The coronavirus or COVID-19 has brought increasingly unsettling work situations for millions of people throughout the United States. These are challenging times for all of us but that challenge does not allow employers to unlawfully deprive employees of their employment rights. The attorneys at Wiggins, Childs, Pantazis, Fisher, & Goldfarb are determined to continue to protect people’s employment rights. We have prepared a set of FAQs to explain how federal, state, and local laws can protect your job, your wages, and your livelihood.


Frequently Asked Questions

  1. Do I have any protections if I’m going through hardships due to the coronavirus outbreak?

Congress passed the Coronavirus Aid, Relief, And Economic Security Act (“CARES”), that was signed into law by the President on March 27, 2020.  The CARES Act contains numerous provisions concerning public health and welfare, and direct economic aid to businesses and individuals alike.  In addition, the CARES Act contains some important protections for consumers who may be facing the economic effects of the COVID-19 pandemic.  Among those protections are:

  • Mortgage Relief: About two-thirds of all mortgages are federally backed.  If yours is, a mortgage company or servicer may not initiate foreclosure proceedings for a sixty-day period beginning March 18, 2020.  Moreover, a homeowner with a federally backed mortgage may request and obtain forbearance from mortgage payments for up to180 days.  You can determine if your mortgage is federally backed by looking it up at https://ww3.freddiemac.com/loanlookup/ or https://www.knowyouroptions.com/loanlookup#; by calling 877-622-8525 to determine if your mortgage is FHA insured; or by checking your mortgage documentation for specific language identifying it as a VA loan.
  • Eviction Protection:  The CARES Act forbids the institution of eviction proceedings or the charging of additional fees for late rent payments for 120 days after the Act’s March 27, 2020 enactment date.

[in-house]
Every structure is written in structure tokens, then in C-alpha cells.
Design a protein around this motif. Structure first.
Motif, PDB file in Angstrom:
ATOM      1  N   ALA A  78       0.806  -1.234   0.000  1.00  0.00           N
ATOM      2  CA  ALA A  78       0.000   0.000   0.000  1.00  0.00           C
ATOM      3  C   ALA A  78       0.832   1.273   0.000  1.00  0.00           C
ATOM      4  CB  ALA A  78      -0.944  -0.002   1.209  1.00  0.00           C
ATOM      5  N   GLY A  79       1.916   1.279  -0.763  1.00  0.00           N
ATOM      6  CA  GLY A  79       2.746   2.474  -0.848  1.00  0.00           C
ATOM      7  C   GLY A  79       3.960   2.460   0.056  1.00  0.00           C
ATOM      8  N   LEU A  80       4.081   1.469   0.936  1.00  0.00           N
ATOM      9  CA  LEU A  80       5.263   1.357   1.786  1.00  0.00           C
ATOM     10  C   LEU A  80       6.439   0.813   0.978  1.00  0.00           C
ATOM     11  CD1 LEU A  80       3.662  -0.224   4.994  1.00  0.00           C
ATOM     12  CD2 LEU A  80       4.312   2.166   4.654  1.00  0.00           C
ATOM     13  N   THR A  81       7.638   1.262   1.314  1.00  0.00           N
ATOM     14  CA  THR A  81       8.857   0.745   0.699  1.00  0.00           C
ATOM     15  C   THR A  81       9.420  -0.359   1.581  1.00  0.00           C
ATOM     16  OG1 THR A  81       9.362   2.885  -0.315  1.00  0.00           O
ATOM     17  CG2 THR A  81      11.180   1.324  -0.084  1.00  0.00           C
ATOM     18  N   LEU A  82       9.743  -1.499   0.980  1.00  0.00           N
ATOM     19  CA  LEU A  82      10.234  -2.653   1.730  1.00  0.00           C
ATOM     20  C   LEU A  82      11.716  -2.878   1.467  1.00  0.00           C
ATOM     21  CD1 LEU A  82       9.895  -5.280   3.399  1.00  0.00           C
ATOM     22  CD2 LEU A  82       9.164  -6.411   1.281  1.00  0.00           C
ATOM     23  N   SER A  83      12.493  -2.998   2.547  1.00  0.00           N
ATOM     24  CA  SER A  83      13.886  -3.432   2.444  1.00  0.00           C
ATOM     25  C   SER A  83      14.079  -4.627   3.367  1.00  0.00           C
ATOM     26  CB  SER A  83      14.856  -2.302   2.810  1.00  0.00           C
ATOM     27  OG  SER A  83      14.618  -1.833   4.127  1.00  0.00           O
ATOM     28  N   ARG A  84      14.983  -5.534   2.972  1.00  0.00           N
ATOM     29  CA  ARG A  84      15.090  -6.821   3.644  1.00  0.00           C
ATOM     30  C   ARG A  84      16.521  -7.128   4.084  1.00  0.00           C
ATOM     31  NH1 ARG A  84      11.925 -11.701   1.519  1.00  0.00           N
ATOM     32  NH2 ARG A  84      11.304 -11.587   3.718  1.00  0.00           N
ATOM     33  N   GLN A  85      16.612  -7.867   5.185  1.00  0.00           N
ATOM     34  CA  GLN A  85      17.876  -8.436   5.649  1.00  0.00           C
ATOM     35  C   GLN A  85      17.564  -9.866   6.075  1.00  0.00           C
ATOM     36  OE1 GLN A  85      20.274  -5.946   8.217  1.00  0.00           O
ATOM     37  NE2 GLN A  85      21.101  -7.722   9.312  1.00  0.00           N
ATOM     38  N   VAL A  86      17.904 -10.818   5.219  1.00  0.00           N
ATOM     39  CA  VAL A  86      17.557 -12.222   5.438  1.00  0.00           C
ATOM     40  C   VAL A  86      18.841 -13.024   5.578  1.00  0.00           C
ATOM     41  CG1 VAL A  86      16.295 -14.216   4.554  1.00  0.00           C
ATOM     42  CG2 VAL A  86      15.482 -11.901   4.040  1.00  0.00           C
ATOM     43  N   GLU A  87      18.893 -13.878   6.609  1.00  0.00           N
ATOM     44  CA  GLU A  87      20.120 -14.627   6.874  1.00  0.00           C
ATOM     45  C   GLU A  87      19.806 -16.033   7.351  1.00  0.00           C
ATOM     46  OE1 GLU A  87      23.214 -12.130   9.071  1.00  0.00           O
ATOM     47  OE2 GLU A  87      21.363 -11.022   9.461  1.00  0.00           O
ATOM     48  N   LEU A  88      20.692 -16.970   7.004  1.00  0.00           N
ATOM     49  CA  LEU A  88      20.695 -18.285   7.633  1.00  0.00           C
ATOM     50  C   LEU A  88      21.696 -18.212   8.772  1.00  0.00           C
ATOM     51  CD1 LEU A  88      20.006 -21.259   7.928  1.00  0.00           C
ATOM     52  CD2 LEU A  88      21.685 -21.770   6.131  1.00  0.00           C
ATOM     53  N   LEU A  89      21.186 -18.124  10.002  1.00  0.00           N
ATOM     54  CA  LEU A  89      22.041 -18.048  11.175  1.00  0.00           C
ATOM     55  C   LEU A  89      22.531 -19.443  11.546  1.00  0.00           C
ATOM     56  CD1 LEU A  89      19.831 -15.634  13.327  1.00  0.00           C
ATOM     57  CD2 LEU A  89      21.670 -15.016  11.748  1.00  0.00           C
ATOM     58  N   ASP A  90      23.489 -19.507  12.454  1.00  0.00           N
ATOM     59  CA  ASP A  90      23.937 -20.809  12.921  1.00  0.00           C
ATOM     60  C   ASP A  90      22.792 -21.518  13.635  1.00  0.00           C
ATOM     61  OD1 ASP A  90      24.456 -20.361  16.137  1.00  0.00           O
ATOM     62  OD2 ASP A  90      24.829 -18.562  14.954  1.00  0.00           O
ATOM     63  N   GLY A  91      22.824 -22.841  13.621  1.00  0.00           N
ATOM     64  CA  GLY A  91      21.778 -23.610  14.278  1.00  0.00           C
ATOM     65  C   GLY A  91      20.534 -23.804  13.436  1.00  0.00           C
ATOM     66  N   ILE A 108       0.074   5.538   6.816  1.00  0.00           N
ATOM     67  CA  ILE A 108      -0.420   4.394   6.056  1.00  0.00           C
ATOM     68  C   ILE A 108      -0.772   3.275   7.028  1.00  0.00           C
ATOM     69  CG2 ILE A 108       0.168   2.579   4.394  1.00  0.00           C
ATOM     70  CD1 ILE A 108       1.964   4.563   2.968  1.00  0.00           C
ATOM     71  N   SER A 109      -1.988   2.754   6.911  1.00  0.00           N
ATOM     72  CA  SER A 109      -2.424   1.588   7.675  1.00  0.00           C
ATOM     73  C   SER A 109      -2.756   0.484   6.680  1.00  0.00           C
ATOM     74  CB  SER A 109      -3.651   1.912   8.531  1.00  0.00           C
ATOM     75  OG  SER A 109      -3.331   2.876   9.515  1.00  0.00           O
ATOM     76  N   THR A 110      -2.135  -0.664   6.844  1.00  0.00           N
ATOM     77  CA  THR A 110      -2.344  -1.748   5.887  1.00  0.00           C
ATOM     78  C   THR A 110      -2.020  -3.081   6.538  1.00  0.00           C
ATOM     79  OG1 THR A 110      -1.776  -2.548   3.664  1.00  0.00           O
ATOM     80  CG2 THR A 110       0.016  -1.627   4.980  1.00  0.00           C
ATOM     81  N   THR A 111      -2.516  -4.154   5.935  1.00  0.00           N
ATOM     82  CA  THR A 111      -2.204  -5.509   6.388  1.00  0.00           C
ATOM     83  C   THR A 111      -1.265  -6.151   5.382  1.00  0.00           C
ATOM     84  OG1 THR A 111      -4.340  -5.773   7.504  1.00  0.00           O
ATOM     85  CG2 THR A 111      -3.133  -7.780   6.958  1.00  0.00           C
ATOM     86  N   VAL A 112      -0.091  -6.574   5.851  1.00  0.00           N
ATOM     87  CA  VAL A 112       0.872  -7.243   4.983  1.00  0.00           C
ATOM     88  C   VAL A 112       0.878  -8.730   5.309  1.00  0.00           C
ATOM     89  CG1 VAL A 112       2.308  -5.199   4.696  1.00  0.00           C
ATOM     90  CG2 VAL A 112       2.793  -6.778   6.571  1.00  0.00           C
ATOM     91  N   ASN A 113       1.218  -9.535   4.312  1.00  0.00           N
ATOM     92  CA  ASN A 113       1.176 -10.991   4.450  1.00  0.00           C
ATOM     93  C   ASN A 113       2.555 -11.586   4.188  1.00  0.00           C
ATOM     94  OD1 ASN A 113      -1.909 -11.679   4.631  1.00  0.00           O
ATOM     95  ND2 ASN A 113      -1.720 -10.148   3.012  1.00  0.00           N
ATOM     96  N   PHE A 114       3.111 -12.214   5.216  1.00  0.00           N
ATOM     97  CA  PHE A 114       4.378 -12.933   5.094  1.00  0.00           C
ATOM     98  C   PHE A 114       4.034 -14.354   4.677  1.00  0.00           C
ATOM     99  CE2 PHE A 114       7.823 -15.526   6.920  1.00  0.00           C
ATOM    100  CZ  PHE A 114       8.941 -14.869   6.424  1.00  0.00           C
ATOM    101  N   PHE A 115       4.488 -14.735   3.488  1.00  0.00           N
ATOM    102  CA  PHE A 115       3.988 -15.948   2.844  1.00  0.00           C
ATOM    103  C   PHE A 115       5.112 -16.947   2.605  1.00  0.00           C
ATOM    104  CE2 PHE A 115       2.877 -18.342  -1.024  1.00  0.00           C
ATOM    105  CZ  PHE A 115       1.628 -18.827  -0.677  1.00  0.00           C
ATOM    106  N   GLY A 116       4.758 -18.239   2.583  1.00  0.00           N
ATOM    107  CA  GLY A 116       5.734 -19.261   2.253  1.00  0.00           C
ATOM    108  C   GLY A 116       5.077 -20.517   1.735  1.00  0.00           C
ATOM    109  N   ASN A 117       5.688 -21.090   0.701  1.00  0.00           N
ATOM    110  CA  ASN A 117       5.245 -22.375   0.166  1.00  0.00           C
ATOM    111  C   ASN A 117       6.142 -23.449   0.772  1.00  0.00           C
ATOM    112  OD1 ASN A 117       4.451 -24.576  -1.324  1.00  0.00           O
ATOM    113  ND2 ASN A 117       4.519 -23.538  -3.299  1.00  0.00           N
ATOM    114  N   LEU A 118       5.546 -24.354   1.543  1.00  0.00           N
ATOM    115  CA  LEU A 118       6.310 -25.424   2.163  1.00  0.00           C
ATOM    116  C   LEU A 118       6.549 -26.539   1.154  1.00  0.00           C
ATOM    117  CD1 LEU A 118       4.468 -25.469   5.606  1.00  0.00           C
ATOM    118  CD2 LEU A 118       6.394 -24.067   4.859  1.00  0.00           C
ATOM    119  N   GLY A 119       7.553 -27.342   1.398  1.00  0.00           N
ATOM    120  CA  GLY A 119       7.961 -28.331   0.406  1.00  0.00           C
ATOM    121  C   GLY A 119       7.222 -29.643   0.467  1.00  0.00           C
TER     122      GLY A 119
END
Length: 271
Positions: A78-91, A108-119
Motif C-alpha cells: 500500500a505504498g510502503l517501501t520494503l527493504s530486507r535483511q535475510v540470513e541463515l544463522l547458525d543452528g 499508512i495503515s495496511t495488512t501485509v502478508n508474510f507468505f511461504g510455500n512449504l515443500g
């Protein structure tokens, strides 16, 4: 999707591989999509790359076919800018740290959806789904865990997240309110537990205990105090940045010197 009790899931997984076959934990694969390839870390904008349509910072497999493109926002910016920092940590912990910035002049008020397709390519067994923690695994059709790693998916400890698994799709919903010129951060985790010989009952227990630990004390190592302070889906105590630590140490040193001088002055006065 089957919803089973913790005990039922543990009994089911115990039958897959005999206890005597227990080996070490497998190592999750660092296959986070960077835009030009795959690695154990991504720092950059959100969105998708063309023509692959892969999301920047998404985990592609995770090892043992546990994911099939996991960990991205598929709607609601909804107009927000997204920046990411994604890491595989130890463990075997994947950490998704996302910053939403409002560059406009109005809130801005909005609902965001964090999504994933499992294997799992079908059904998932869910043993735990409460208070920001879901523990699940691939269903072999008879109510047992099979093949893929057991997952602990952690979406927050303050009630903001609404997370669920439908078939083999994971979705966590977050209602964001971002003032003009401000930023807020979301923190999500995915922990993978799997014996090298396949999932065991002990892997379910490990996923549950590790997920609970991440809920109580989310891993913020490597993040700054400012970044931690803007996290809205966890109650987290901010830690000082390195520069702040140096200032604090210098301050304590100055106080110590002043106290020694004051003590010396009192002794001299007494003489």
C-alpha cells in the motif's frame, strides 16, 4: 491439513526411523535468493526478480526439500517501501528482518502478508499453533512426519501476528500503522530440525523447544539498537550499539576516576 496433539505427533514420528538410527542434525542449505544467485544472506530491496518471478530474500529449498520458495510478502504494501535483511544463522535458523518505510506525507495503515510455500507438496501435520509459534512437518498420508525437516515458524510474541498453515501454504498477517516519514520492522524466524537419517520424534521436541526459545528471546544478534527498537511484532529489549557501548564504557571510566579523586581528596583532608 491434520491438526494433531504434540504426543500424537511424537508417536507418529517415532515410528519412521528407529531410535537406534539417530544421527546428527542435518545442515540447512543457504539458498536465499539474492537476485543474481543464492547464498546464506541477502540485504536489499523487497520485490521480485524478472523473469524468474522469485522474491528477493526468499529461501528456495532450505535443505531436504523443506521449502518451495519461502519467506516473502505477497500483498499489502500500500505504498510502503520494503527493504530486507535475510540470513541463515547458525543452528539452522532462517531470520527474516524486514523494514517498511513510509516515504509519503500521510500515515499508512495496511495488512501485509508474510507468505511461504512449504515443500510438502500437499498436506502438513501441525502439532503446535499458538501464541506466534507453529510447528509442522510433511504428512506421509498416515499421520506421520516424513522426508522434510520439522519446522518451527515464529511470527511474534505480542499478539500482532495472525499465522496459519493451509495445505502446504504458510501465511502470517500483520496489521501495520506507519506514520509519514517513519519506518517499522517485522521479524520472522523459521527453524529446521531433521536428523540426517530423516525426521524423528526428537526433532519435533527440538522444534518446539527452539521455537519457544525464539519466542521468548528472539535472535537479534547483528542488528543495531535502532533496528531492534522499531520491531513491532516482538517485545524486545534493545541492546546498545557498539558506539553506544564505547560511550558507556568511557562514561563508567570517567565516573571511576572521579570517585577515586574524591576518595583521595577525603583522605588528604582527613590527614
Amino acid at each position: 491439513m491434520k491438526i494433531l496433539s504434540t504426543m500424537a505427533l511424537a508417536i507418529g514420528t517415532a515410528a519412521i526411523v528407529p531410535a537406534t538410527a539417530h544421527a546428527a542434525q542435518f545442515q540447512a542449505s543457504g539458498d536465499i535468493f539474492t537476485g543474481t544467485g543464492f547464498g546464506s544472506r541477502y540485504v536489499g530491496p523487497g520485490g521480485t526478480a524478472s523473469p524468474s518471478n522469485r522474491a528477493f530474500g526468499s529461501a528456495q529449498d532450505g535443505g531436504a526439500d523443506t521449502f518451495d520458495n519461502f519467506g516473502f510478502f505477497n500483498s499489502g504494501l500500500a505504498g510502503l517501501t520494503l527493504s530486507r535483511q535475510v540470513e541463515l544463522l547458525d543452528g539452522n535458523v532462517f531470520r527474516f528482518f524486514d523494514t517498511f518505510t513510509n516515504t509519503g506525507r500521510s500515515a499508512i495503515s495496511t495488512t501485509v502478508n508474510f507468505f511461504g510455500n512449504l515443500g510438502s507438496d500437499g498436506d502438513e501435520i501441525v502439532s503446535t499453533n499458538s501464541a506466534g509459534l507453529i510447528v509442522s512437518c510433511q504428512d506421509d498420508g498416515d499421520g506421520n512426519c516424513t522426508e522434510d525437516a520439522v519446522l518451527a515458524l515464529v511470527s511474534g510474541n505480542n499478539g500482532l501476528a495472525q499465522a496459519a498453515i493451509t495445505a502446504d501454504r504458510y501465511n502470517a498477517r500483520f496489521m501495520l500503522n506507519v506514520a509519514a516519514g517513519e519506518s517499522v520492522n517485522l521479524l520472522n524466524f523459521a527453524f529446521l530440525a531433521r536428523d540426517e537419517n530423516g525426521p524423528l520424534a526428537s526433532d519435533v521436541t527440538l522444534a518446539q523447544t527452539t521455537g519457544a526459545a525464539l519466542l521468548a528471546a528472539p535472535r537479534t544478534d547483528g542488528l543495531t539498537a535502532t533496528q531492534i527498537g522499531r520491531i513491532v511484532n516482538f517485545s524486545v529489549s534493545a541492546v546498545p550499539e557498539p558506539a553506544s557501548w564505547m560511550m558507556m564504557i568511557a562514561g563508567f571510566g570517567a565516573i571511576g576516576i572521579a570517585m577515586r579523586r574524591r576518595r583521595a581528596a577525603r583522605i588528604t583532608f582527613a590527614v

• Student Loan Relief: Federal Direct Student Loans and FFEL loans owned by the Department of Education have had their payment schedules suspended through September 30, 2020.  While the payments are suspended, not interest will accrue, and no collection activity against the borrower may be instituted.
  • Credit Reporting: From January 31, 2020, until 120 days after the end of the national state of emergency, if a creditor has made an accommodation, the creditor shall report that account in the same status as before the accommodation.

A more complete listing of the consumer protection provisions of the CARES Act can be found on the National Consumer Law Center website at https://library.nclc.org/major-consumer-protections-announced-response-covid-19.

  • In addition to the specific provisions of the CARES Act, any contract could be subject to three particular legal doctrines:  (1) force majeure; (2) frustration of essential purpose: and (3) Impossibility of performance.  Force majeure, or act of god, is a defense to contract performance where, because of some calamity outside of the control of the parties, performance is excused.  This doctrine is similar to the defense to a contract where performance is impossible due to conditions that are unforeseen.  Frustration of essential purpose is where contract performance is excused because the contract, even if performed, cannot fulfil the purpose for which it was entered by both parties.  The application of these three doctrines are as varied as the subjects parties contract over, and are highly dependent on contractual language, which may disclaim the defense, and the circumstances of the cases.  If you think one of these may apply to a contractual obligation, consult with an attorney.
  1. Can my employer fire me if I get the coronavirus? What if a family member becomes sick, am I allowed to take time off from work?

The Family Medical Leave Act (“FMLA”) and the Families First Coronavirus Response Act (“FFCRA”), along with other federal laws protect qualified individuals absent from work because of a serious health condition. The FFCRA provides paid sick leave for employees effected by COVID-19 and those serving as caregivers for individuals with COVID-19, as well as an emergency expansion of the FMLA. The FFCRA allows employees who work for employers of less than 500 employees to take up to 80 hours of emergency sick leave. An employee may take emergency sick leave under the FFCRA if they are: (1) subject to quarantine or isolation order or caring for someone who is subject to a quarantine or self-isolation order; (2) advised be a health care provider to self-quarantine due to coronavirus concerns or caring for someone who is advised to self-quarantine; (3) experiencing symptoms of coronavirus and are seeking a medical diagnosis; (4) caring for their child if, because of coronavirus protections, their school or day care has been closed or their childcare provider is unavailable; or (5) experiencing similar conditions, as specified by the Secretary of Health and Human Services. The rate of pay varies depending on the circumstances and more information is available through the Department of Labor (https://www.dol.gov/agencies/whd/pandemic/ffcra-employer-paid-leave)